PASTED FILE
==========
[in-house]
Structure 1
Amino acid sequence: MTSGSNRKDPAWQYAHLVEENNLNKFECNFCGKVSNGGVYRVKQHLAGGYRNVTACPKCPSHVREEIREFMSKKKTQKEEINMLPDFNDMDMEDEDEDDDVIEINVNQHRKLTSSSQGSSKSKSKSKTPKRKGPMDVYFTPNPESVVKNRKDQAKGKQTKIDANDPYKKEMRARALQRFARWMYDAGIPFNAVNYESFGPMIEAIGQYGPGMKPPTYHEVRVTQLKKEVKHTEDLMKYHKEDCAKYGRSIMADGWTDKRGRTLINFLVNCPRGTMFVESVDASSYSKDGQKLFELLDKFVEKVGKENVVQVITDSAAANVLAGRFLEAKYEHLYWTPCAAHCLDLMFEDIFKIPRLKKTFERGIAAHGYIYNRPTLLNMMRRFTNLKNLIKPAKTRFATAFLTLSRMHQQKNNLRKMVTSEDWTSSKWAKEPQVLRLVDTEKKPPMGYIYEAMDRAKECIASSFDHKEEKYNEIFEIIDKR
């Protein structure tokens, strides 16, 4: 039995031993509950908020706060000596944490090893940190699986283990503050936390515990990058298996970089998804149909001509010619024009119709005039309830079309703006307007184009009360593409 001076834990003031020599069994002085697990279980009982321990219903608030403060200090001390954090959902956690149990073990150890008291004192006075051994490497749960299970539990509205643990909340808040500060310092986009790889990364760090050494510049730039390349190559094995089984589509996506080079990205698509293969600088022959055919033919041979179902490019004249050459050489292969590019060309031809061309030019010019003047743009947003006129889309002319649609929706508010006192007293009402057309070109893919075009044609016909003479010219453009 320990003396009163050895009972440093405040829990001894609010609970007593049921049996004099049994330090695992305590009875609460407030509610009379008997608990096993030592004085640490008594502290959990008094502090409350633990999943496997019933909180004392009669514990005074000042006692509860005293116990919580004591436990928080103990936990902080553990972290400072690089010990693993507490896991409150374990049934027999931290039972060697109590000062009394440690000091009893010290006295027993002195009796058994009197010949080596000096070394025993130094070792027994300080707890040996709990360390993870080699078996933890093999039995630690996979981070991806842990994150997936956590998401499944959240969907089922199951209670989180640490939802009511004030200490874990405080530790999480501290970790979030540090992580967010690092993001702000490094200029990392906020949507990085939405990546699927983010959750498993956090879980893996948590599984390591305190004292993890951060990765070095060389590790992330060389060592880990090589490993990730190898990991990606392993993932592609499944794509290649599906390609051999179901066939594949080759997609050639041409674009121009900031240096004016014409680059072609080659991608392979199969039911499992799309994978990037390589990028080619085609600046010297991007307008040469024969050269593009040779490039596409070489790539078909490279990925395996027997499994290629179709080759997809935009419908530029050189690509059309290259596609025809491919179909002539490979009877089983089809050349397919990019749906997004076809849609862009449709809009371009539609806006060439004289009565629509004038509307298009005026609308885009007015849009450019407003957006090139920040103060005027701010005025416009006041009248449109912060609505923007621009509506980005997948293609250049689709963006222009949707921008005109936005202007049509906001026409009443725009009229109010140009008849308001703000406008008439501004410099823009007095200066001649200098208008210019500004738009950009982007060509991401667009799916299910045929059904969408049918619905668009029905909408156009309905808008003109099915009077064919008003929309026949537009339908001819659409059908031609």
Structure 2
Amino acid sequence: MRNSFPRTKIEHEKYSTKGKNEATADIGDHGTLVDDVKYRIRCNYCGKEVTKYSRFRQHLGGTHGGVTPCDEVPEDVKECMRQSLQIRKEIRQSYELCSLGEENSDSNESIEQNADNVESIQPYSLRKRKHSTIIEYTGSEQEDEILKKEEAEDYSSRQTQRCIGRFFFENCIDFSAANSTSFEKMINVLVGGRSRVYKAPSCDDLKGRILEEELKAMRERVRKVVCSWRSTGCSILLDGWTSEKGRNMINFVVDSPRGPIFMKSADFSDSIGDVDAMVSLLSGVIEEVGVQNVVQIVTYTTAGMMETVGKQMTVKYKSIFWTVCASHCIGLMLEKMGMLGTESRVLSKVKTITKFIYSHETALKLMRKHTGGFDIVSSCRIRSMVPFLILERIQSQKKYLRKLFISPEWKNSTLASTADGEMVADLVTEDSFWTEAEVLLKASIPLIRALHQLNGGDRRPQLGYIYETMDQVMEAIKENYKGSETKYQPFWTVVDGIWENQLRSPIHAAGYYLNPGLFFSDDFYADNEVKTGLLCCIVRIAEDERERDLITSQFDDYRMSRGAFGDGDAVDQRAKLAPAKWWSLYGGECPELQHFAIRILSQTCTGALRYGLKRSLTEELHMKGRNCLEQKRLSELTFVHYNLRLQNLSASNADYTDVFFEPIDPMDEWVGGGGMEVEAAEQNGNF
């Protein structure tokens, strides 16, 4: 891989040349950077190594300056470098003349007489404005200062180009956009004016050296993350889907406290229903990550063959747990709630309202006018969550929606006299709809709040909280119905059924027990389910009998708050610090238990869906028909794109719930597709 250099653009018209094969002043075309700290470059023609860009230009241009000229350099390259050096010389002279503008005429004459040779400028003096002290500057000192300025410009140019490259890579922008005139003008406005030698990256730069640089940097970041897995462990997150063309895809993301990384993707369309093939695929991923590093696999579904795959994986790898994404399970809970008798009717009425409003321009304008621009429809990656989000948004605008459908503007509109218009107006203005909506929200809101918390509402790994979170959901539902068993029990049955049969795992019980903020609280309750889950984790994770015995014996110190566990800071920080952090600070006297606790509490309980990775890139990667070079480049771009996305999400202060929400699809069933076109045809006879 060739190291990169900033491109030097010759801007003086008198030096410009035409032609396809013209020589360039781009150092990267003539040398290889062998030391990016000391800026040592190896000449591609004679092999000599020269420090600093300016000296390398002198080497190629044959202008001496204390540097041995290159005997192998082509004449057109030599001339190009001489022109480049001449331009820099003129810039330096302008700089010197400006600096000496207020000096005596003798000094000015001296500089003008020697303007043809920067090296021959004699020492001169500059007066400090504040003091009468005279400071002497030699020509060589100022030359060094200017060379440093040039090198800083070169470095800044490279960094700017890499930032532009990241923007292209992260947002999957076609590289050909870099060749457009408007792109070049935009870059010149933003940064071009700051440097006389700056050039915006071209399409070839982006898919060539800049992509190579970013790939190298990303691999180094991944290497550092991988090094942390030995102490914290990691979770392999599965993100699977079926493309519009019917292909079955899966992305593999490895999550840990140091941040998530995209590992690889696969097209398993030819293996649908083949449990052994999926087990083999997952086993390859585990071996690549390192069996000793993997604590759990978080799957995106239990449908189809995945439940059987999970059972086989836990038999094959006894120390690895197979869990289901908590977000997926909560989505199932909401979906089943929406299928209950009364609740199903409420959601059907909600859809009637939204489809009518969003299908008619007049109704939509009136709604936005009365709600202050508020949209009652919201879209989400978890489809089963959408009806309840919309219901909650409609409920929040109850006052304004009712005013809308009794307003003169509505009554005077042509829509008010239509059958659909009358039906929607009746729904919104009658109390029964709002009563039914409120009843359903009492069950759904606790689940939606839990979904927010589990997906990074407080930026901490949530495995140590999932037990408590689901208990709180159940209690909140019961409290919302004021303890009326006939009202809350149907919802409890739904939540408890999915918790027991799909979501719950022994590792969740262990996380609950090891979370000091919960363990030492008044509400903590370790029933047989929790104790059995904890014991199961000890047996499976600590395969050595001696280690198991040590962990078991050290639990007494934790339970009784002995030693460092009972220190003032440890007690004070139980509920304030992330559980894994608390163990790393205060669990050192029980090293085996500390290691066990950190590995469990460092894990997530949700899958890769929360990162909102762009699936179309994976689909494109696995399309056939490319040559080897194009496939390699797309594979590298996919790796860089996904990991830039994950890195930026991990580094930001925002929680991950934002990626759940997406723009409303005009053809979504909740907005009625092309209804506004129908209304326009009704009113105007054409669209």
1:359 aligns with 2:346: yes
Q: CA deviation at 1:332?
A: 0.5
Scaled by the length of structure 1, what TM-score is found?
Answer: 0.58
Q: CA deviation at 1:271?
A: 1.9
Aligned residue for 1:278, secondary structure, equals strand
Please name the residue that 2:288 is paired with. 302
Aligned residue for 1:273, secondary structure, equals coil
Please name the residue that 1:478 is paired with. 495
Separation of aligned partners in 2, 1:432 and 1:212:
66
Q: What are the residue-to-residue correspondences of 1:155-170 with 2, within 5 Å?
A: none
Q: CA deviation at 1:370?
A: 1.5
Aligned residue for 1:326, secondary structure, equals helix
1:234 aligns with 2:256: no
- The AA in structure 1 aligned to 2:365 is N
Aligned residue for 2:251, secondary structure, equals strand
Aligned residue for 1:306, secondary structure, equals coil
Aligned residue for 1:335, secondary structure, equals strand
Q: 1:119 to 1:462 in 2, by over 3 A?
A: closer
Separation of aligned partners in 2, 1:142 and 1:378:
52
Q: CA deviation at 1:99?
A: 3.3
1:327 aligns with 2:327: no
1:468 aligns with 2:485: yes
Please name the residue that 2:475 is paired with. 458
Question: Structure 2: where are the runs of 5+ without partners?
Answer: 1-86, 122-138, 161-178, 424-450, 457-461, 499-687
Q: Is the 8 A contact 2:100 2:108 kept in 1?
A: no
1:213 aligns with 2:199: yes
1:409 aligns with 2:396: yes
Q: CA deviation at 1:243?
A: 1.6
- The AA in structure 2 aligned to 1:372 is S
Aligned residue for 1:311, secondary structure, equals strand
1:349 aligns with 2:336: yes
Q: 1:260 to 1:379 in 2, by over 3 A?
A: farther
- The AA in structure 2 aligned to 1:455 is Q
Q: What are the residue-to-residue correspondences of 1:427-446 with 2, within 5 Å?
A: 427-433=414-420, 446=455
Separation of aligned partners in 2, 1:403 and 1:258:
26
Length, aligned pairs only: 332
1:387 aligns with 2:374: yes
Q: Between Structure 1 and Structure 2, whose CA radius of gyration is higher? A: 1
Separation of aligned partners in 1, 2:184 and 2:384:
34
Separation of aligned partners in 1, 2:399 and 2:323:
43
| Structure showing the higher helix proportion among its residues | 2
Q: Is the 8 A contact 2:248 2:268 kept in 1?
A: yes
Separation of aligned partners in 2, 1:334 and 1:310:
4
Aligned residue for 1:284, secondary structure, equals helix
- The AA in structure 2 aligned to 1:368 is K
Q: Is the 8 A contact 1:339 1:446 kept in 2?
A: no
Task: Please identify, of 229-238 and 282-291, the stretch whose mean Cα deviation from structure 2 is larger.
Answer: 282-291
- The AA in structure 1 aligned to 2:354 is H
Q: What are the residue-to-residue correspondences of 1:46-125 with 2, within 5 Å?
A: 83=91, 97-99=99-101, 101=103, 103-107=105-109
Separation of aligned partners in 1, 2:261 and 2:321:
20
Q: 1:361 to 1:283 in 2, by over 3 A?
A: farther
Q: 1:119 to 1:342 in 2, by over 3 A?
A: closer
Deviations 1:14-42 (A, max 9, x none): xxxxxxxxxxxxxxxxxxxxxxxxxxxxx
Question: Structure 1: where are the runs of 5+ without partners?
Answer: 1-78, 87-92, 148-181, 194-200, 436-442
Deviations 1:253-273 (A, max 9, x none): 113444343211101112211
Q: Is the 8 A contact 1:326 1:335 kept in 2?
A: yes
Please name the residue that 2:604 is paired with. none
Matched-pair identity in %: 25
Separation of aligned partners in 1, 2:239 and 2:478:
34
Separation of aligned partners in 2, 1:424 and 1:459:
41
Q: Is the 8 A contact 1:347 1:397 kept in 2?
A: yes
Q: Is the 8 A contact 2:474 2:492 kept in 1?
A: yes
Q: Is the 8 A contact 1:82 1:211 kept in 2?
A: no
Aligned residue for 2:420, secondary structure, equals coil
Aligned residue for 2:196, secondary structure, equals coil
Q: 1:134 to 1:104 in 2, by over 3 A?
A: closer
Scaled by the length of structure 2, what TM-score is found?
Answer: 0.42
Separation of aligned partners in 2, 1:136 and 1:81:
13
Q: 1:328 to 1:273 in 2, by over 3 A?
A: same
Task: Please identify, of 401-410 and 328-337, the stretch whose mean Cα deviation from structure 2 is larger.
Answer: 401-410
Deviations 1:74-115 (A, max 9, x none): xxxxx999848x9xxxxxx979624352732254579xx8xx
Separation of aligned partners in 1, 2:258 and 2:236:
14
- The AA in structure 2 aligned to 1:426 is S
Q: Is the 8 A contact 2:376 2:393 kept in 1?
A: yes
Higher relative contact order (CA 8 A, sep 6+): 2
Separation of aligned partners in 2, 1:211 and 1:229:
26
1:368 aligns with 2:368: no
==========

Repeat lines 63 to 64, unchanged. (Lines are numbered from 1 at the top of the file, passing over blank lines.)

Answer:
Separation of aligned partners in 1, 2:399 and 2:323:
43